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  #21  
Old 01-01-2014, 08:29 AM
djagusch djagusch is offline
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Quote:
Originally Posted by MikeTA95 View Post
I have some financial issues that are mostly due to the fact I made some poor financial decisions at the start of my company, mostly because I was fresh out of high school and very naive to how difficult paying back loans and stuff would be. I have also considered option 3, Selling completely, but the fact is that I'll get next to nothing for my contracts and I'll be in debt without a buisness, just a landscaping job.
Financial issues won't go away with reducing income (unless unprofitable). I would rate each of your accounts into 3 classes. One is loser accounts (no, to very little profit, pita customers, off the beaten path), two decent accounts (won't make you rich but pays decent, also customers you enjoy working with, potential is there for more profits, not too far away), and third great accounts (profits are great, customer like you, are nearby).

Figure out your work load with the great and decent accounts.
Go over the great accounts and put them into a schedule. See if there are holes in slots or how you can fit decent accounts in the route or if need be a second route. The second route could be you going out solo 2 days while the 2 guys work on some easy going clients. The loser accounts ditch but do it respectfully.

That process should keep your income up with increasing your net % also.

Lastly since now you have a scheduled work load now you know how much equipment you need. Ditch everything else. Use the least amount of gas and payroll you can. Fast food? No, a loaf of bread and jar of peanut butter can stretch a week.

These steps will help get the financial house in order the quickest (highest income/net). After you get them in order work on putting money back into the biz with upgrading equipment.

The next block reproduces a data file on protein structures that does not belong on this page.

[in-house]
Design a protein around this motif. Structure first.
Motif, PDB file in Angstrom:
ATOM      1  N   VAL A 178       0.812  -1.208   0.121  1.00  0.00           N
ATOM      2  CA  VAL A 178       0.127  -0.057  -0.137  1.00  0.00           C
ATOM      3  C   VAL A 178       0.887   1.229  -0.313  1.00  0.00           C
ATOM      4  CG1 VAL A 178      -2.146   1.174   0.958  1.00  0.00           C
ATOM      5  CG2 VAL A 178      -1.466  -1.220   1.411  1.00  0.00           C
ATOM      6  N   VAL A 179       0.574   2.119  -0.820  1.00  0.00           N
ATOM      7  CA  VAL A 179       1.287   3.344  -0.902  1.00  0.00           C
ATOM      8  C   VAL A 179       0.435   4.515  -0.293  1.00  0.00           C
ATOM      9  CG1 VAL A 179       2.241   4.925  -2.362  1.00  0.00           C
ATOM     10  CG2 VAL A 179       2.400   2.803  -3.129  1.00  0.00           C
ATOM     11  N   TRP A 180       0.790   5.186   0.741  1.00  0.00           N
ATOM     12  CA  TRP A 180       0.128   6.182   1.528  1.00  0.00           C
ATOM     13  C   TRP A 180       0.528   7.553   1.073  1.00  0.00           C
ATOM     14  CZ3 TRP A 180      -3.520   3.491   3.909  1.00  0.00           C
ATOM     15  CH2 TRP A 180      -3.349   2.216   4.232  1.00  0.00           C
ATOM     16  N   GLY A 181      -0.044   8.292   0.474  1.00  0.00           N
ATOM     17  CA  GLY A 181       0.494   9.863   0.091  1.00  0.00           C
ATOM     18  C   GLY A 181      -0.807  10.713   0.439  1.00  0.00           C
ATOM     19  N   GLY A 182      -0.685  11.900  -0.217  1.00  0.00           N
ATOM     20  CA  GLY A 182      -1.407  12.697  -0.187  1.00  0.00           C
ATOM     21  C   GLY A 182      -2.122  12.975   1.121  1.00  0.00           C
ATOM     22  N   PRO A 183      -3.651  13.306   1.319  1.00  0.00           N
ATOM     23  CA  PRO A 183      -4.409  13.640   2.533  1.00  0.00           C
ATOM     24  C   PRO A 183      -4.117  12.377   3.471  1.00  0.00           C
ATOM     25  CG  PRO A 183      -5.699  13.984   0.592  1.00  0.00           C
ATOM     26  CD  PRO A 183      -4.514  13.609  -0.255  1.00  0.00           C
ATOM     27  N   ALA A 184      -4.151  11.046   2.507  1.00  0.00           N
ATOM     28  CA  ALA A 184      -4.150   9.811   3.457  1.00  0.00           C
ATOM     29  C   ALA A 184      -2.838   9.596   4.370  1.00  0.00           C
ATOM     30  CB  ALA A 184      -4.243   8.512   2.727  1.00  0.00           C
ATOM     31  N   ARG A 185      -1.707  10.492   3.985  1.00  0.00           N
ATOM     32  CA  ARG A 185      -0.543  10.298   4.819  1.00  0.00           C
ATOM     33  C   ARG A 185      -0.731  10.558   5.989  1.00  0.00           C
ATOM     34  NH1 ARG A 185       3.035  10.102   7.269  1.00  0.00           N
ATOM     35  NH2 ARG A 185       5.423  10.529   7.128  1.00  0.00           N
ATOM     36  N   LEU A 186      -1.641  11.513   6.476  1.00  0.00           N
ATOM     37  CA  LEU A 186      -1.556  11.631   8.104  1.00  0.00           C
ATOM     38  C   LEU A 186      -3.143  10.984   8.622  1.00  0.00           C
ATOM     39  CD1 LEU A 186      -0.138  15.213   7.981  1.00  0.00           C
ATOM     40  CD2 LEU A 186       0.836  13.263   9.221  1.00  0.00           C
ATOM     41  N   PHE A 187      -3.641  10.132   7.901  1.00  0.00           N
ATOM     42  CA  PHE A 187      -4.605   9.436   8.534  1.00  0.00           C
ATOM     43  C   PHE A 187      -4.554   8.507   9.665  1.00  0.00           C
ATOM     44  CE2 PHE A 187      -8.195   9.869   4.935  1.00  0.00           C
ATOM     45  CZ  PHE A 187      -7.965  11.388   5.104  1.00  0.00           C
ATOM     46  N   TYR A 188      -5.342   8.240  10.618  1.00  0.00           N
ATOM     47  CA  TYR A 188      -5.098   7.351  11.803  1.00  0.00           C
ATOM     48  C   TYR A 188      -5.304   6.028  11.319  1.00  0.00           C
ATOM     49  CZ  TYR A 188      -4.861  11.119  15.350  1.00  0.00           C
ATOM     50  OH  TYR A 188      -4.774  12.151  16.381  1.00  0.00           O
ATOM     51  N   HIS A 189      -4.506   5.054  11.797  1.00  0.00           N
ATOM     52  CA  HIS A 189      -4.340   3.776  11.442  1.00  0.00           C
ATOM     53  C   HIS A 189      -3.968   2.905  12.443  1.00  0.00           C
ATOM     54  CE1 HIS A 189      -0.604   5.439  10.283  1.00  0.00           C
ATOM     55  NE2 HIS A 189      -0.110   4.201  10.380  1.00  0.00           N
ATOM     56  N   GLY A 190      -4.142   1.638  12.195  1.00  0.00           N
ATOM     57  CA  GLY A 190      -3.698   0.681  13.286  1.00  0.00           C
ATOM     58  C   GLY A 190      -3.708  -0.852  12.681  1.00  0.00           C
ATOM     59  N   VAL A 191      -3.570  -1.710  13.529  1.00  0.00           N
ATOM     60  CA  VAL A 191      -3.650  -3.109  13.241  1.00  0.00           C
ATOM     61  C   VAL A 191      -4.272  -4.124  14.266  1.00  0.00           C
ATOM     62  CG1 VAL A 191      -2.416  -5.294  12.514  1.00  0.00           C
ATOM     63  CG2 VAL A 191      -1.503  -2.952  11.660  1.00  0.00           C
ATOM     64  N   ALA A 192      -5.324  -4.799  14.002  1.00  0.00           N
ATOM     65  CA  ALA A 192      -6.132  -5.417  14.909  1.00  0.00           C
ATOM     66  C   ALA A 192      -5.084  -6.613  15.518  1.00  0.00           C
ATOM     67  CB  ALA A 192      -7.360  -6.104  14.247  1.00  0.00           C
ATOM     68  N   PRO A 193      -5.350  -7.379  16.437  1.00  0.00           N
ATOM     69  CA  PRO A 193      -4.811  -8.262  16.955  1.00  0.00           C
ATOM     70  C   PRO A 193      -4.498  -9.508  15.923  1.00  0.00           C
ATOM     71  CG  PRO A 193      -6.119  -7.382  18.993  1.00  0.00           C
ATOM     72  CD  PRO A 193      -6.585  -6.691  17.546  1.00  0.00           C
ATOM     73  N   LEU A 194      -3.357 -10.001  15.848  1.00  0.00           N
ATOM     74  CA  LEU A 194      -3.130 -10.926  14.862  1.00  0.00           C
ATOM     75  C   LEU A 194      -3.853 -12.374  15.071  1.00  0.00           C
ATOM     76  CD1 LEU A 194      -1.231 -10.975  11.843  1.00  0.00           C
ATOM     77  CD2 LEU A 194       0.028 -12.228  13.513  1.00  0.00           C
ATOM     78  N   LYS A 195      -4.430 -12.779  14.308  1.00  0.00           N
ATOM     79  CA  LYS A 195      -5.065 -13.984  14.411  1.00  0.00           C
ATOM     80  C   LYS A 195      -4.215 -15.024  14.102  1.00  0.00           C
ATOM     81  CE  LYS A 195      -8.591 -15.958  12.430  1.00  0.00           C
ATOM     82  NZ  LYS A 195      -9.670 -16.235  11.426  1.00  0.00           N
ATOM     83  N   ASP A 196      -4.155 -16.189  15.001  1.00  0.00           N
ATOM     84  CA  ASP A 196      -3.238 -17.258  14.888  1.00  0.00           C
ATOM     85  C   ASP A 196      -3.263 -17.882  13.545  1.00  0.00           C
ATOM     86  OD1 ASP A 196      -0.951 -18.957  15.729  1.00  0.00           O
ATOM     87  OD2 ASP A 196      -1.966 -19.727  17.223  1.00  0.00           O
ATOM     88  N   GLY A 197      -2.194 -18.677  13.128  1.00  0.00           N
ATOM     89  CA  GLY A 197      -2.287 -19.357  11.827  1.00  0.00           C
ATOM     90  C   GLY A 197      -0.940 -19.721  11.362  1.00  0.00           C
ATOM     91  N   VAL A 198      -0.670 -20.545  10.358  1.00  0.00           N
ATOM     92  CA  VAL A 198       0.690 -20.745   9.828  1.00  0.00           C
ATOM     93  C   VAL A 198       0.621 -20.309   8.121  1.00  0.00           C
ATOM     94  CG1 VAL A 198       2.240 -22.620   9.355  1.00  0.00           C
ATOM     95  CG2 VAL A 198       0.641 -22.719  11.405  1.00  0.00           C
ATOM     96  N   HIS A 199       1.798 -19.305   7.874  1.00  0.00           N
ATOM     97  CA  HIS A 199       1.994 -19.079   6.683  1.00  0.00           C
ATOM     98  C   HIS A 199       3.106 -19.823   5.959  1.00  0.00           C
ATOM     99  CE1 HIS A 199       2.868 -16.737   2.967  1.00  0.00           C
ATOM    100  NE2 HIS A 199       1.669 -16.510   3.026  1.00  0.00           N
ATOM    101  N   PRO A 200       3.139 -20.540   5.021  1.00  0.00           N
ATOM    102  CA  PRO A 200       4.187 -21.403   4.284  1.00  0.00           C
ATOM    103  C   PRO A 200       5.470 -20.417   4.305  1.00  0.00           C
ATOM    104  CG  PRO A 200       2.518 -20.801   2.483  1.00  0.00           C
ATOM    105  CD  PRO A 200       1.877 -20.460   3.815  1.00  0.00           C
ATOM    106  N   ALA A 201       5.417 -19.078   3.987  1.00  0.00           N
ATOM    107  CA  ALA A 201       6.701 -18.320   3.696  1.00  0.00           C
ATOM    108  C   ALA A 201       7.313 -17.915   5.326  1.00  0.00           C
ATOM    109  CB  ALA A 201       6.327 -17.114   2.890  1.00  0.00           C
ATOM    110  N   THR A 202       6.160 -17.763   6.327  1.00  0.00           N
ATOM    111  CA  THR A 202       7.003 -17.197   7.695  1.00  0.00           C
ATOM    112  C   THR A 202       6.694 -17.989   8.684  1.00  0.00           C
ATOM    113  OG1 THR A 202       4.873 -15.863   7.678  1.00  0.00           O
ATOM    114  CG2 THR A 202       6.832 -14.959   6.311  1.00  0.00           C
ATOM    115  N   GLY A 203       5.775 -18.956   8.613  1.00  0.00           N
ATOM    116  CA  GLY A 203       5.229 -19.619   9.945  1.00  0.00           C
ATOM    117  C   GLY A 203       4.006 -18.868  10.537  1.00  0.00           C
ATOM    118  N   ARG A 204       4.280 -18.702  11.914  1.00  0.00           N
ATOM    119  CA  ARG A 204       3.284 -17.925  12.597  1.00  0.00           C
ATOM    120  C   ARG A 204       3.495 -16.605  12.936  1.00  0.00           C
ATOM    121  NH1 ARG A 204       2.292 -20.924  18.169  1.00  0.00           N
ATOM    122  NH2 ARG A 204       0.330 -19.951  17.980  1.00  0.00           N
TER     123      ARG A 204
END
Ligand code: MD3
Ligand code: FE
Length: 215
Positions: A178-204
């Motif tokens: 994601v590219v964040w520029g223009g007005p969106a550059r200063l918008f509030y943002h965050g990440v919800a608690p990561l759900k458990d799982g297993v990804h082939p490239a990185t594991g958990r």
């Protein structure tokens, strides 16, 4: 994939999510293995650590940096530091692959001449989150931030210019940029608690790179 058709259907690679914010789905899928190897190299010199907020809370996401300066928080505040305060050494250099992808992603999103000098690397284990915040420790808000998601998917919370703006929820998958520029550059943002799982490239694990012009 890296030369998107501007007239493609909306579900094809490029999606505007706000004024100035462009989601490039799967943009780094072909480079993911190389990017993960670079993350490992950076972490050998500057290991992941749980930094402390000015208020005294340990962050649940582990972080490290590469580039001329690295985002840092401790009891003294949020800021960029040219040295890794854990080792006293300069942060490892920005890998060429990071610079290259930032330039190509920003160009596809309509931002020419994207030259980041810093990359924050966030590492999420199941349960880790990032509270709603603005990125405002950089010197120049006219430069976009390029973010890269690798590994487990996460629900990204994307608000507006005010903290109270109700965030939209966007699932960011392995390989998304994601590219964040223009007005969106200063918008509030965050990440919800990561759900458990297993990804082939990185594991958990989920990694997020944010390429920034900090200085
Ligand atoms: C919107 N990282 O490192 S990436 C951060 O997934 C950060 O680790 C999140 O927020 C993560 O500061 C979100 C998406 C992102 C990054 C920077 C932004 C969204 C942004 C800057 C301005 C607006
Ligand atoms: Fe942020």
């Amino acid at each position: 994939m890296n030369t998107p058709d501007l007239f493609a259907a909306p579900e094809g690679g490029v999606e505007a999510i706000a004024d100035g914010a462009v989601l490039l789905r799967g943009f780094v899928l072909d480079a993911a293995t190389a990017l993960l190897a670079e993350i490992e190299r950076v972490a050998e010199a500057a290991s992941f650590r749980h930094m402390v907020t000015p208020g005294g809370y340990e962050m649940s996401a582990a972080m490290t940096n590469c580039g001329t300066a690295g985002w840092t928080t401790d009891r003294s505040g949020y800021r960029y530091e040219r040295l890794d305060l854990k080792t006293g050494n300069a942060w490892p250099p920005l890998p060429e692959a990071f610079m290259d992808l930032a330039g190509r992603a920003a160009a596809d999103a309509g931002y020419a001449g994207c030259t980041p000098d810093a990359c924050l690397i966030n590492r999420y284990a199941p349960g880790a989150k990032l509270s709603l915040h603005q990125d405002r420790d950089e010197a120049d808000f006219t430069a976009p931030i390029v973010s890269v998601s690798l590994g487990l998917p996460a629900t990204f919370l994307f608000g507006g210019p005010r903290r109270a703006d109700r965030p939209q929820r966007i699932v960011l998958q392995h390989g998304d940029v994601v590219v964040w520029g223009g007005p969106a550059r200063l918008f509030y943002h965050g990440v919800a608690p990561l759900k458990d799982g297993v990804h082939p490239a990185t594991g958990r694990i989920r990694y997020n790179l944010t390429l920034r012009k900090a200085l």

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  #22  
Old 01-01-2014, 09:00 AM
TuffTurfLawnCare TuffTurfLawnCare is offline
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I and probably many others would love to hear the hard truth of your business and why it got to this point. It could be a learning experience for many people here, and many more to come.
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  #23  
Old 01-01-2014, 09:04 AM
hackitdown hackitdown is offline
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Location: Groton, MA
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Quote:
Originally Posted by djagusch View Post
Financial issues won't go away with reducing income (unless unprofitable). I would rate each of your accounts into 3 classes. One is loser accounts (no, to very little profit, pita customers, off the beaten path), two decent accounts (won't make you rich but pays decent, also customers you enjoy working with, potential is there for more profits, not too far away), and third great accounts (profits are great, customer like you, are nearby).

Figure out your work load with the great and decent accounts.
Go over the great accounts and put them into a schedule. See if there are holes in slots or how you can fit decent accounts in the route or if need be a second route. The second route could be you going out solo 2 days while the 2 guys work on some easy going clients. The loser accounts ditch but do it respectfully.